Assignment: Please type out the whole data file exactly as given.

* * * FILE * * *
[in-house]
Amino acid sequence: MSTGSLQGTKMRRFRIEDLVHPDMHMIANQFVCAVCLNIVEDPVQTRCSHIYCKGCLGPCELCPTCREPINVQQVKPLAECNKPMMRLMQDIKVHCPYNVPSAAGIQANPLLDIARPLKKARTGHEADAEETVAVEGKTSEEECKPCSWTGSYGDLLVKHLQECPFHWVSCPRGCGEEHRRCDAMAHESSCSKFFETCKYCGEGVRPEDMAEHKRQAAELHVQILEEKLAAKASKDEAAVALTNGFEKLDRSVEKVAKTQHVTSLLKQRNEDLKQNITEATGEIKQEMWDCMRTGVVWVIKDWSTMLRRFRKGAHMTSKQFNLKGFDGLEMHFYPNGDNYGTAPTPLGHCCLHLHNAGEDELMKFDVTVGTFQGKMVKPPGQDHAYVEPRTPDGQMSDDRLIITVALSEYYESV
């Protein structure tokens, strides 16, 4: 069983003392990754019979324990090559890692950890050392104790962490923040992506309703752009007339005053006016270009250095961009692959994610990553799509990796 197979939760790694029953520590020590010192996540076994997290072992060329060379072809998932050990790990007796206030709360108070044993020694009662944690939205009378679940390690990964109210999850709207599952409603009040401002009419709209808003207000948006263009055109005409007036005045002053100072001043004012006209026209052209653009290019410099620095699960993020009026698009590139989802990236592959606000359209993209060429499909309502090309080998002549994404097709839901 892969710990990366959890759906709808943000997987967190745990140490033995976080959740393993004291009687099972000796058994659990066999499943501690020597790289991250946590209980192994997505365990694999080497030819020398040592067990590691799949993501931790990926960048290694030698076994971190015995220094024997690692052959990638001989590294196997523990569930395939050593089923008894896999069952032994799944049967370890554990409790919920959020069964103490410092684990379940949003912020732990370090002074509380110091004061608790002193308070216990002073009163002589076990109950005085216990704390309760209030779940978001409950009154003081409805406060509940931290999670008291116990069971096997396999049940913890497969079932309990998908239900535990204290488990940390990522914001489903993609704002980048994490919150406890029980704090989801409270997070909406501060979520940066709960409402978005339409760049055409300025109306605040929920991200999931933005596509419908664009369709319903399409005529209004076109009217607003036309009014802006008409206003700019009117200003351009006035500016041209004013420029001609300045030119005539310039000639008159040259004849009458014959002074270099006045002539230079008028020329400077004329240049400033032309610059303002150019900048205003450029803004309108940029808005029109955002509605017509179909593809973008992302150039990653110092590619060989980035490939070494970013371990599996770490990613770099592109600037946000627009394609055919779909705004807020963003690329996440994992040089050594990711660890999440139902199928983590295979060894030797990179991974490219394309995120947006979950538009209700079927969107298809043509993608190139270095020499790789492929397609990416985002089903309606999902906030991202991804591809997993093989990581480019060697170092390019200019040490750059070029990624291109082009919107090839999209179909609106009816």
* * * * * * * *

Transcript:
[in-house]
Amino acid sequence: MSTGSLQGTKMRRFRIEDLVHPDMHMIANQFVCAVCLNIVEDPVQTRCSHIYCKGCLGPCELCPTCREPINVQQVKPLAECNKPMMRLMQDIKVHCPYNVPSAAGIQANPLLDIARPLKKARTGHEADAEETVAVEGKTSEEECKPCSWTGSYGDLLVKHLQECPFHWVSCPRGCGEEHRRCDAMAHESSCSKFFETCKYCGEGVRPEDMAEHKRQAAELHVQILEEKLAAKASKDEAAVALTNGFEKLDRSVEKVAKTQHVTSLLKQRNEDLKQNITEATGEIKQEMWDCMRTGVVWVIKDWSTMLRRFRKGAHMTSKQFNLKGFDGLEMHFYPNGDNYGTAPTPLGHCCLHLHNAGEDELMKFDVTVGTFQGKMVKPPGQDHAYVEPRTPDGQMSDDRLIITVALSEYYESV
């Protein structure tokens, strides 16, 4: 069983003392990754019979324990090559890692950890050392104790962490923040992506309703752009007339005053006016270009250095961009692959994610990553799509990796 197979939760790694029953520590020590010192996540076994997290072992060329060379072809998932050990790990007796206030709360108070044993020694009662944690939205009378679940390690990964109210999850709207599952409603009040401002009419709209808003207000948006263009055109005409007036005045002053100072001043004012006209026209052209653009290019410099620095699960993020009026698009590139989802990236592959606000359209993209060429499909309502090309080998002549994404097709839901 892969710990990366959890759906709808943000997987967190745990140490033995976080959740393993004291009687099972000796058994659990066999499943501690020597790289991250946590209980192994997505365990694999080497030819020398040592067990590691799949993501931790990926960048290694030698076994971190015995220094024997690692052959990638001989590294196997523990569930395939050593089923008894896999069952032994799944049967370890554990409790919920959020069964103490410092684990379940949003912020732990370090002074509380110091004061608790002193308070216990002073009163002589076990109950005085216990704390309760209030779940978001409950009154003081409805406060509940931290999670008291116990069971096997396999049940913890497969079932309990998908239900535990204290488990940390990522914001489903993609704002980048994490919150406890029980704090989801409270997070909406501060979520940066709960409402978005339409760049055409300025109306605040929920991200999931933005596509419908664009369709319903399409005529209004076109009217607003036309009014802006008409206003700019009117200003351009006035500016041209004013420029001609300045030119005539310039000639008159040259004849009458014959002074270099006045002539230079008028020329400077004329240049400033032309610059303002150019900048205003450029803004309108940029808005029109955002509605017509179909593809973008992302150039990653110092590619060989980035490939070494970013371990599996770490990613770099592109600037946000627009394609055919779909705004807020963003690329996440994992040089050594990711660890999440139902199928983590295979060894030797990179991974490219394309995120947006979950538009209700079927969107298809043509993608190139270095020499790789492929397609990416985002089903309606999902906030991202991804591809997993093989990581480019060697170092390019200019040490750059070029990624291109082009919107090839999209179909609106009816």